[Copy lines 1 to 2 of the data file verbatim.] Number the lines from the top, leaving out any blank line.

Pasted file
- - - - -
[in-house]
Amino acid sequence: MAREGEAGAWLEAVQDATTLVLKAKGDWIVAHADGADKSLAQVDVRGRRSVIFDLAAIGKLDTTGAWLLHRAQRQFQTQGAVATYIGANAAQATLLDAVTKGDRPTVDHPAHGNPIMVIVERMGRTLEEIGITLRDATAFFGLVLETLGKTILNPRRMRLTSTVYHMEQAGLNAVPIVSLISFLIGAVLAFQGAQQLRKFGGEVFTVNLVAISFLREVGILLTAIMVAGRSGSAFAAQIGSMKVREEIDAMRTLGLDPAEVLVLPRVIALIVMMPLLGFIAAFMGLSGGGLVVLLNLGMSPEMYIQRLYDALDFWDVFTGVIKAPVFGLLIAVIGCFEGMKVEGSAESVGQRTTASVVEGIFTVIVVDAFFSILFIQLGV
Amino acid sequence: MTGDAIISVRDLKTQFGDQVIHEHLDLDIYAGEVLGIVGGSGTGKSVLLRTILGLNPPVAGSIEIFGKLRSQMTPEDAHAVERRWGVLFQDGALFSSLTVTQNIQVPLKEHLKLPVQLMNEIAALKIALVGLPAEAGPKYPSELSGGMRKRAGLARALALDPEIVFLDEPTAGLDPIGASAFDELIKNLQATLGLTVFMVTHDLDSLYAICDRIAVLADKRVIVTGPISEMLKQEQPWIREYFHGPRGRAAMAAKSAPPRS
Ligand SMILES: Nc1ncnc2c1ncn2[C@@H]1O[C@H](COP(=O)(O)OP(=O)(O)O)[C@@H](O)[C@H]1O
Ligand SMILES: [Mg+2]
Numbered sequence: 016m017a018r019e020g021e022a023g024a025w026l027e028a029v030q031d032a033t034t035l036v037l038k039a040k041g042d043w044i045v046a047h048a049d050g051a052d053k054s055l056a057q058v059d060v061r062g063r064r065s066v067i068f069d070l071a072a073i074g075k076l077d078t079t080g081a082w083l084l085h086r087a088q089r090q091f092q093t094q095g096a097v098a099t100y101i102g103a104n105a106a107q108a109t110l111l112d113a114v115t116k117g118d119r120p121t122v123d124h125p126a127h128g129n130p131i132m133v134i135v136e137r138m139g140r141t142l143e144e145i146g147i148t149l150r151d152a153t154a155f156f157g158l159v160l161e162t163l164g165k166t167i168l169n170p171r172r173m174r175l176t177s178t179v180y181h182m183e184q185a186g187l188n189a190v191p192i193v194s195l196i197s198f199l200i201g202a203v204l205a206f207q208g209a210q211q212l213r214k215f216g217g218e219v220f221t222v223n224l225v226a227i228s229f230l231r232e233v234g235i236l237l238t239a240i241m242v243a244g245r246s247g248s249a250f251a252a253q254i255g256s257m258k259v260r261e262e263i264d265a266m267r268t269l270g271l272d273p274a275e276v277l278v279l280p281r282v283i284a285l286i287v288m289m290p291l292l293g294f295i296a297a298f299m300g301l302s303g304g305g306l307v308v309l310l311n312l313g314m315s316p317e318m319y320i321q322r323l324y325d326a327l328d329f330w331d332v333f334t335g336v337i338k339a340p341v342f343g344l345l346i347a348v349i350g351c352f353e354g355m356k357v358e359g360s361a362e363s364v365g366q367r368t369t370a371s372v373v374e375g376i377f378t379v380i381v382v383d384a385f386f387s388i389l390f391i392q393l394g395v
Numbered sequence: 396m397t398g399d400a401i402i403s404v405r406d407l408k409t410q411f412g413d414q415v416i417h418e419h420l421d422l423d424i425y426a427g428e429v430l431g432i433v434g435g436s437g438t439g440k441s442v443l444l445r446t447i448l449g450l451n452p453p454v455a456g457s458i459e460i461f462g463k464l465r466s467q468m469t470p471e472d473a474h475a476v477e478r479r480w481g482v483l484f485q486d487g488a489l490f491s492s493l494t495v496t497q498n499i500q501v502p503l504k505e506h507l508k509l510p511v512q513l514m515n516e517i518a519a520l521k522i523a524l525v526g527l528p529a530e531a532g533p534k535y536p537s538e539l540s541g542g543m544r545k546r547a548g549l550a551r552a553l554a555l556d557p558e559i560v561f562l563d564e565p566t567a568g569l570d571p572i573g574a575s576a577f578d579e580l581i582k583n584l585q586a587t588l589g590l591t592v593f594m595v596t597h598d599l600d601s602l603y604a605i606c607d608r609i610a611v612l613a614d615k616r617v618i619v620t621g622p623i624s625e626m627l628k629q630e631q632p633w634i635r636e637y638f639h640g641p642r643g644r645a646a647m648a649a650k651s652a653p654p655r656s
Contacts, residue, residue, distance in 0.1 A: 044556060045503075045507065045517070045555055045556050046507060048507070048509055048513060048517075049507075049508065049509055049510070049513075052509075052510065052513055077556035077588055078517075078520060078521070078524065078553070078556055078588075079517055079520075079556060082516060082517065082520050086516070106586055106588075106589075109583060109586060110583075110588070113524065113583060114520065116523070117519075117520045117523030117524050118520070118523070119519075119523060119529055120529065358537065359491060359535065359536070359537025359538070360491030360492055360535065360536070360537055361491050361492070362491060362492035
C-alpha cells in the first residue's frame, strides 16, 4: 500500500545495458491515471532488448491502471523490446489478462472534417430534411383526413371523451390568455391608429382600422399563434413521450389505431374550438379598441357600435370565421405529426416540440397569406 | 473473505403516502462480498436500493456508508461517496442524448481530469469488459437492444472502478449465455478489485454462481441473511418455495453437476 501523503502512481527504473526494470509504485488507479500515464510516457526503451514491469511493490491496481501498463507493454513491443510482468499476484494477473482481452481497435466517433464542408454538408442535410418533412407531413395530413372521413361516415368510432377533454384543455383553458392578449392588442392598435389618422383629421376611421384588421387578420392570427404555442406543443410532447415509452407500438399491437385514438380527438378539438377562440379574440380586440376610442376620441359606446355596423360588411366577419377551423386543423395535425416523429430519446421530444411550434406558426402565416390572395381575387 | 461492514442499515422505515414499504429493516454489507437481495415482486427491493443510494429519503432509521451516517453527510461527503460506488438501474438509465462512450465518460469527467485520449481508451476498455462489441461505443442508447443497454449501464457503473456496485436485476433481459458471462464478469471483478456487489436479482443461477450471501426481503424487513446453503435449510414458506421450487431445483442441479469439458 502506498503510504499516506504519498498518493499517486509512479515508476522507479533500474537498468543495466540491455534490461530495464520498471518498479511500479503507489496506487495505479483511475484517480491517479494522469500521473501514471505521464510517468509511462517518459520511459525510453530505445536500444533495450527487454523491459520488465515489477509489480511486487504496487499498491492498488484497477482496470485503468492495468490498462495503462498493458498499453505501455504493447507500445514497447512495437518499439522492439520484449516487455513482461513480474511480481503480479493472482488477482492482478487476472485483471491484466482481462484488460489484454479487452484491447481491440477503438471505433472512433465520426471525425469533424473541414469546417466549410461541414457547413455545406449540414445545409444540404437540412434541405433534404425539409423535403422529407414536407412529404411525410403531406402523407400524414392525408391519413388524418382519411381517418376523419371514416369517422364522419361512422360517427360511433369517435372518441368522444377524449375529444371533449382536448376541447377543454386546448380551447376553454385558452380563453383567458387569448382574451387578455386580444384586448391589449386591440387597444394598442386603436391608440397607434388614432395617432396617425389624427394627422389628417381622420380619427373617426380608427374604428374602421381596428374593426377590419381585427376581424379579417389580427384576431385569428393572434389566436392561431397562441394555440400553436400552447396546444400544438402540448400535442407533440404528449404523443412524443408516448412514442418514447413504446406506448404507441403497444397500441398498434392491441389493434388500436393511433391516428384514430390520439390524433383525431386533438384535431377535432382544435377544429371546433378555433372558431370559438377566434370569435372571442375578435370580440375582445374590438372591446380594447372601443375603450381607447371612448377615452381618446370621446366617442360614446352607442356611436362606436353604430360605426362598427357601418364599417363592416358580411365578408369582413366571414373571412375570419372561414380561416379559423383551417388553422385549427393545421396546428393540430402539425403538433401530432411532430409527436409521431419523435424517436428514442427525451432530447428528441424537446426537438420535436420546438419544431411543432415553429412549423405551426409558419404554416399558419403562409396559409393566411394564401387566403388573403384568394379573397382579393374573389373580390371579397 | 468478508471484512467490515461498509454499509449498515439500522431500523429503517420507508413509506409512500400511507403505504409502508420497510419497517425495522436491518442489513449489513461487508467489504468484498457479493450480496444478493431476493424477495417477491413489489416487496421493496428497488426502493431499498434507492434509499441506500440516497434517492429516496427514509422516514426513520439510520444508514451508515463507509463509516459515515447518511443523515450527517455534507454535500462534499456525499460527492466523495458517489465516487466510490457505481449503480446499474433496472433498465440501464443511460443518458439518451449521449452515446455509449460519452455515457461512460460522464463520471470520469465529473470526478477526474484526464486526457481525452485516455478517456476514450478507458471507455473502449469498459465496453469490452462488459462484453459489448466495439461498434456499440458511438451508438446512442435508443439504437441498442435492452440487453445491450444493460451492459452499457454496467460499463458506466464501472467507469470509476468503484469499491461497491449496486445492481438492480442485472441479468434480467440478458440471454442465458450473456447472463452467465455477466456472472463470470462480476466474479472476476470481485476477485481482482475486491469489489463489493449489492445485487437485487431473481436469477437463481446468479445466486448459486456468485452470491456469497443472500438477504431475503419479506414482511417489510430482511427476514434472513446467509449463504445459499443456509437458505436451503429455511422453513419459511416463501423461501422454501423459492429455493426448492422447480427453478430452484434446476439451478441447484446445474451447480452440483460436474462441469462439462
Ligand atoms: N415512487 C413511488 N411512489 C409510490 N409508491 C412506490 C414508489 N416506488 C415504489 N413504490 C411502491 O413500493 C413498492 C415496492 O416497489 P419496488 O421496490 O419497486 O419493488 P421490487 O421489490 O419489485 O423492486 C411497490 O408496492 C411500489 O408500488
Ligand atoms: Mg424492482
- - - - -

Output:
[in-house]
Amino acid sequence: MAREGEAGAWLEAVQDATTLVLKAKGDWIVAHADGADKSLAQVDVRGRRSVIFDLAAIGKLDTTGAWLLHRAQRQFQTQGAVATYIGANAAQATLLDAVTKGDRPTVDHPAHGNPIMVIVERMGRTLEEIGITLRDATAFFGLVLETLGKTILNPRRMRLTSTVYHMEQAGLNAVPIVSLISFLIGAVLAFQGAQQLRKFGGEVFTVNLVAISFLREVGILLTAIMVAGRSGSAFAAQIGSMKVREEIDAMRTLGLDPAEVLVLPRVIALIVMMPLLGFIAAFMGLSGGGLVVLLNLGMSPEMYIQRLYDALDFWDVFTGVIKAPVFGLLIAVIGCFEGMKVEGSAESVGQRTTASVVEGIFTVIVVDAFFSILFIQLGV